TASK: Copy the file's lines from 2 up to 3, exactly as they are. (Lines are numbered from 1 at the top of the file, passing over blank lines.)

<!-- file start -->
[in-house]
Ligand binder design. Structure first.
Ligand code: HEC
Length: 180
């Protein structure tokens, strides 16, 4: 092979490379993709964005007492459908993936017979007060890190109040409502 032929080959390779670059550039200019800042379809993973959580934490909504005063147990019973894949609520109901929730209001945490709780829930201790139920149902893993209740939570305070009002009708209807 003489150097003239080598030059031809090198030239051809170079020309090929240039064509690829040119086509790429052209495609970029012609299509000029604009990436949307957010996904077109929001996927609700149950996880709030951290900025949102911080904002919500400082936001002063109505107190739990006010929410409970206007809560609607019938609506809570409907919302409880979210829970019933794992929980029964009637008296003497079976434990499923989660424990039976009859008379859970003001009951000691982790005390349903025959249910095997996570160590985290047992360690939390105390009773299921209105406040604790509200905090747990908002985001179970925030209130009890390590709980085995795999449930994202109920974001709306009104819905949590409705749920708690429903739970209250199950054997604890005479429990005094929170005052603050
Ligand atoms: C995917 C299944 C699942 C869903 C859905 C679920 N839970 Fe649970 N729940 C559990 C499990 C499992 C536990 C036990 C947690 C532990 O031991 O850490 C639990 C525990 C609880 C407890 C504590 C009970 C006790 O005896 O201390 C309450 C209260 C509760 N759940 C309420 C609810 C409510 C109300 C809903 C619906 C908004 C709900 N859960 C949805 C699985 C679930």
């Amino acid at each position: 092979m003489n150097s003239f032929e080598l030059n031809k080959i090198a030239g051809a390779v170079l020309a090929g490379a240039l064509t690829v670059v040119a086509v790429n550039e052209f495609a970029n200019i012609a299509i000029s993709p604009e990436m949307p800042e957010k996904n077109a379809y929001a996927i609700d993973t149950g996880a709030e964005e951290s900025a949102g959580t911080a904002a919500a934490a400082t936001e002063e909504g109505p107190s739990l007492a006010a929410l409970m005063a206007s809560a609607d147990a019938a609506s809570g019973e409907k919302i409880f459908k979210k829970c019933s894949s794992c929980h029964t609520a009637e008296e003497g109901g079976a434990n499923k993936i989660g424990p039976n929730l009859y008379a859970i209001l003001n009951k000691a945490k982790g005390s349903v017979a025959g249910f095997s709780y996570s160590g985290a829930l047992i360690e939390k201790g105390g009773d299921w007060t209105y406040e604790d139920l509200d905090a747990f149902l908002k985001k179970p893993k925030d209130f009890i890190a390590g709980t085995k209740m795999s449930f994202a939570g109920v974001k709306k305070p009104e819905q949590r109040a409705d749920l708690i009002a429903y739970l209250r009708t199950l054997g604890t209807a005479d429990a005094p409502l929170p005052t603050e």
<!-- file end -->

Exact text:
Ligand binder design. Structure first.
Ligand code: HEC